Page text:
Any parents of toddlers know that it is one of the most challenging phases of childhood. Your once non-verbal precious peanut who just wanted to be held, rocked and fed, now seems to only want to scream “I can do it by myself”, or “NO”, or “That’s mine!” and “Don’t tell me what to do!” That is their way of asserting control and declaring independence. During this phase they must also master control over their body functions including toilet-training, self-feeding, delayed gratification, language development, coping with frustration and social skills. Parenting is most challenging and rewarding when toddlerhood is done well. Here’s how to help your child with her tantrums from an article that I read in Parents magazine:toddler mischief

1. Be genuinely empathic to your toddler’s struggle. She needs your support. If she feels you’re flustered, disorganized, angry, or critical you will only escalate her rage and not be able to help her calm down. Your objective is to teach her how to settle herself.

2. Learn to talk reflectively with empathy in the moment of a conflict. You might say, “Mary (use her first name since pronouns are not mastered until age 4) wanted more video and Mommy said it’s bath time. Mary got mad. It’s hard to stop when you want more.”

3. Physically, walk your screaming child to her next destination, ie: to the bath to help her settle and calm down there. Children will escalate their yelling and protest, thinking you might change your no to a yes. If you are away from the location of the desired object your child will calm down faster.

4. If your child is out of control or has been aggressive (hitting, biting, scratching, or pinching), hold your child in your lap facing away from you to help calm your child. The holding provides a safe container so you can act as a receptacle for your child’s rage. Your child learns that she can be super angry and you do not attack, criticize, blame, or collapse as the target for their rage. Tell your child that when she stops pulling on you, you will let go. The moment her muscles relax, release her and praise her for learning to settle herself. You will not have to hold her too many times before you see a decrease in the frequency and intensity of her oppositional tantrums.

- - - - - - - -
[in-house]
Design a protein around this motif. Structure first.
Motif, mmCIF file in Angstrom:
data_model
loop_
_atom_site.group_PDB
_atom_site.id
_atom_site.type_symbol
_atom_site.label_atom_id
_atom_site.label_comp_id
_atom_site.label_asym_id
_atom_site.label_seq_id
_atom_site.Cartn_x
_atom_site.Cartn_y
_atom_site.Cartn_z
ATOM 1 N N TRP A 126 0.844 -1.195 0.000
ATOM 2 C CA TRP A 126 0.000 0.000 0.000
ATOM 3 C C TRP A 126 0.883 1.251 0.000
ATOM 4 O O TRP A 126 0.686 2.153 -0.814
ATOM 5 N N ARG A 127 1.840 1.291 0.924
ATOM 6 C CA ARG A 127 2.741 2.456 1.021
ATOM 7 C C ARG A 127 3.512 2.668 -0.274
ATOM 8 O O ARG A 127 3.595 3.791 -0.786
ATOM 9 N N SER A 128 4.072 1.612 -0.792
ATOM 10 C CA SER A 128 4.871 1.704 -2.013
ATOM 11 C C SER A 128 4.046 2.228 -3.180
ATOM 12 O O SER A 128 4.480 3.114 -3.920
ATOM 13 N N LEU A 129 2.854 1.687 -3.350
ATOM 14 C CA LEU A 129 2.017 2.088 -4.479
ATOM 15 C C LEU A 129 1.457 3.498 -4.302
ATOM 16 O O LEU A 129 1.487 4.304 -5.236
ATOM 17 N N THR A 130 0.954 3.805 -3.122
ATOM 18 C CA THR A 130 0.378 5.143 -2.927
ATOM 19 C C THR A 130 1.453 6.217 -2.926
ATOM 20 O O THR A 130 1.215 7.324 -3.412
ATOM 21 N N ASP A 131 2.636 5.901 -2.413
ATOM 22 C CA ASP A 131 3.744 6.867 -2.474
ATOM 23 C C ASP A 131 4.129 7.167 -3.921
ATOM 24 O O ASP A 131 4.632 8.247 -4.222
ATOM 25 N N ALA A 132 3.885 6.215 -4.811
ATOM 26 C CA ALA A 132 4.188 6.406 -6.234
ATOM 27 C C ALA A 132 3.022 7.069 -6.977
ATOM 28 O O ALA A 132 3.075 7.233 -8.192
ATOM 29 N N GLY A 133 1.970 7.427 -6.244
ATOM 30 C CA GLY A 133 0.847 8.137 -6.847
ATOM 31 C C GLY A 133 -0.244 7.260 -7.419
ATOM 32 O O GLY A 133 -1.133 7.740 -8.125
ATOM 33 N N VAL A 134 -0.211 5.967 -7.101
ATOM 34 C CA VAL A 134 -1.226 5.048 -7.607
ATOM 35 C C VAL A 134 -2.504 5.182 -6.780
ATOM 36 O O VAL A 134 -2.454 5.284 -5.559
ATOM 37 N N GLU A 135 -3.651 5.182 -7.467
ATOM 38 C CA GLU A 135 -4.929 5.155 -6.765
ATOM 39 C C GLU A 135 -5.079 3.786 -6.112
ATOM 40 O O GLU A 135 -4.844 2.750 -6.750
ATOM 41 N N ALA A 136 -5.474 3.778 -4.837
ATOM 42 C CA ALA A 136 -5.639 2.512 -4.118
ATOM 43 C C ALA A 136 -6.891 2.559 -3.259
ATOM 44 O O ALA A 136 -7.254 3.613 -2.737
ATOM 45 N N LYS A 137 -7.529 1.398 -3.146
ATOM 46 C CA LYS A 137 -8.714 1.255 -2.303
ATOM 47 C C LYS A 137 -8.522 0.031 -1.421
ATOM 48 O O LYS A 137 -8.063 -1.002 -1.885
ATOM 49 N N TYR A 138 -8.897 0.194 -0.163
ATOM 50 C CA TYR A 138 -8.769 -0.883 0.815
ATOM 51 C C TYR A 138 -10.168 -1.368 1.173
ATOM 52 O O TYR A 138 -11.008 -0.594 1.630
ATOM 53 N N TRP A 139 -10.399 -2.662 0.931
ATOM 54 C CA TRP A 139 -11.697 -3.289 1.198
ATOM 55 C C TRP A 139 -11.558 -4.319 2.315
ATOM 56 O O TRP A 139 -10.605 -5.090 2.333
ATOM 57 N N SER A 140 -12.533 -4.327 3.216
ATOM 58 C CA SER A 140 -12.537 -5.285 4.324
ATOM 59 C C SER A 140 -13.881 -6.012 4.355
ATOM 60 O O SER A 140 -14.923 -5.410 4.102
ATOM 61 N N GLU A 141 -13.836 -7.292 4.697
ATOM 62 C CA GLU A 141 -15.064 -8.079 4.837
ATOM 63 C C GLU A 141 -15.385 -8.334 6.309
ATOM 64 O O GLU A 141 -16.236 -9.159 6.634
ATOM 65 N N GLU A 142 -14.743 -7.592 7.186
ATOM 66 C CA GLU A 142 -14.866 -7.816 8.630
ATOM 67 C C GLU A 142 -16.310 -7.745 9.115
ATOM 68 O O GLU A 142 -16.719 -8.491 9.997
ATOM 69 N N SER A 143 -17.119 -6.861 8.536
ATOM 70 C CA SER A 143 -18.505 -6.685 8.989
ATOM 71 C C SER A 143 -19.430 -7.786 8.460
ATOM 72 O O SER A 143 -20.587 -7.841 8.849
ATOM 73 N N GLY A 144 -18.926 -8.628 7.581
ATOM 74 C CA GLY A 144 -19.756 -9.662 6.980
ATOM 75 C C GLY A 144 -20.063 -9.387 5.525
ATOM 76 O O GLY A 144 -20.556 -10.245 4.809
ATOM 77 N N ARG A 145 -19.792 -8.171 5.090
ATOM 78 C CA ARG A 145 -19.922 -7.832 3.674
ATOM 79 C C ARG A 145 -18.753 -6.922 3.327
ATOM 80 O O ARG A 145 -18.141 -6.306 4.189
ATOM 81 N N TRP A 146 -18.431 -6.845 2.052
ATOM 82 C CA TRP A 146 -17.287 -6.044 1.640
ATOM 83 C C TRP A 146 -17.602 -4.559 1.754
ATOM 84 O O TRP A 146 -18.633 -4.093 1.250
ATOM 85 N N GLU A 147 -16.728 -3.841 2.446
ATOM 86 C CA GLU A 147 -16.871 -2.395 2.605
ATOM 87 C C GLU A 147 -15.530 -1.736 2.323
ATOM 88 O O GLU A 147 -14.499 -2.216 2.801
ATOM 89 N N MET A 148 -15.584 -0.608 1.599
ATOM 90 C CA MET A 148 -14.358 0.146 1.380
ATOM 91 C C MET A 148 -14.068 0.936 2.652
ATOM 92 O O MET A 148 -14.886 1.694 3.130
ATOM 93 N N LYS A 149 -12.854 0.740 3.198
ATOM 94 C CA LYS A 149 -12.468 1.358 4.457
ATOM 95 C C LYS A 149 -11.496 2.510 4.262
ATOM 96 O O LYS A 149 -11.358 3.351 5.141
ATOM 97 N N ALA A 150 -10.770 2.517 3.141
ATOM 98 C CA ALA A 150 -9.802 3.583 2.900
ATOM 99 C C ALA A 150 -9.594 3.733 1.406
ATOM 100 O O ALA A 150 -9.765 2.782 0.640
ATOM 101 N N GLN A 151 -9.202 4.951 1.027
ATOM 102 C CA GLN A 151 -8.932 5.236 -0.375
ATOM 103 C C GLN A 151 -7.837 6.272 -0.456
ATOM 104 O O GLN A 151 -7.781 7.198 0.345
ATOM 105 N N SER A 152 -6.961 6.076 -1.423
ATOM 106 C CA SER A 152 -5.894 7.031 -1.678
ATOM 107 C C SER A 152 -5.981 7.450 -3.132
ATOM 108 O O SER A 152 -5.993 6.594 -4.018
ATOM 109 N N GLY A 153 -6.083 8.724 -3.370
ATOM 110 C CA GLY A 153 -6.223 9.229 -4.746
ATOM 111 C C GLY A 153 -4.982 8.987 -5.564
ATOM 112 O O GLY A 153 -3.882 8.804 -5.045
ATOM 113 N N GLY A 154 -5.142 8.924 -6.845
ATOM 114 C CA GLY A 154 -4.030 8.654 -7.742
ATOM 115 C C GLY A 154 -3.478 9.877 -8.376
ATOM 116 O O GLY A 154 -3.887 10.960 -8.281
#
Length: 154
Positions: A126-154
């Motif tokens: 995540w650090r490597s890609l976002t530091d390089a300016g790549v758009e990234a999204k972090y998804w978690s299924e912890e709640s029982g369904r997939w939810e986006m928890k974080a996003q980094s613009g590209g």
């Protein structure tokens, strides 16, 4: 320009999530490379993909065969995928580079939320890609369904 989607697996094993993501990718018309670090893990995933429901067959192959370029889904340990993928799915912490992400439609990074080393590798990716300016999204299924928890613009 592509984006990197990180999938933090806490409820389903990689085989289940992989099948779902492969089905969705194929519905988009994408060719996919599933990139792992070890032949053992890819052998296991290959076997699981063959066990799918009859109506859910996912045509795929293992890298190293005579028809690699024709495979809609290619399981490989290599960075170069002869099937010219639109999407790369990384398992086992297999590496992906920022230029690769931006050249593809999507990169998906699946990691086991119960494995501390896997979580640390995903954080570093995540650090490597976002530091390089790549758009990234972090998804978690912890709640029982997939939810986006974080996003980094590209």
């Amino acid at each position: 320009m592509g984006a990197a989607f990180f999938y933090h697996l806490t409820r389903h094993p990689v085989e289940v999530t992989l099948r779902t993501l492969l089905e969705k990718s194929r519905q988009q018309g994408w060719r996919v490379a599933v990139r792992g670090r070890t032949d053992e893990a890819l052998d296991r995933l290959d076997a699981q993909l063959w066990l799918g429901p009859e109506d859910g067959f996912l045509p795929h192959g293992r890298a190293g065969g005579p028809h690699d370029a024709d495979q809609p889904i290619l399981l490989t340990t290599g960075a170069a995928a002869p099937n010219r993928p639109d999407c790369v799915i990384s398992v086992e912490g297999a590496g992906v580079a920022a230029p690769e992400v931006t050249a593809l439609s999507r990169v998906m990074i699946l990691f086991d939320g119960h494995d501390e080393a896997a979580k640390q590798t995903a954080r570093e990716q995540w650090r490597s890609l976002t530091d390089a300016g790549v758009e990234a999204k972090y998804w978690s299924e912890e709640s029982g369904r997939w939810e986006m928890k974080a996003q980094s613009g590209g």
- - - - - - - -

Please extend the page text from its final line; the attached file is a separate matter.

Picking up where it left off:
5. Do not lecture your child. Kids hate to be told what to do. Rather, after a tantrum talk gently with your child about what she wanted and was feeling. Together come up with alternative ways she can get what she wants without a meltdown. Always accept your child where she is. We are all on a learning curve. No one is perfect. We all want the same thing – to be acknowledged, validated, and accepted – flaws and all.

Just remember that this is just a phase and it too shall pass!

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Binky, paci, pluggie, nuk, dummy…no matter what you call it, there has been some controversy over using pacifiers. Probably the major concerns are nipple confusion for breastfed babies and dental issues in the future. Let’s face it – babies love to suck. It is their primary way of getting food in the first 4 to 6 […]

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Measles is Here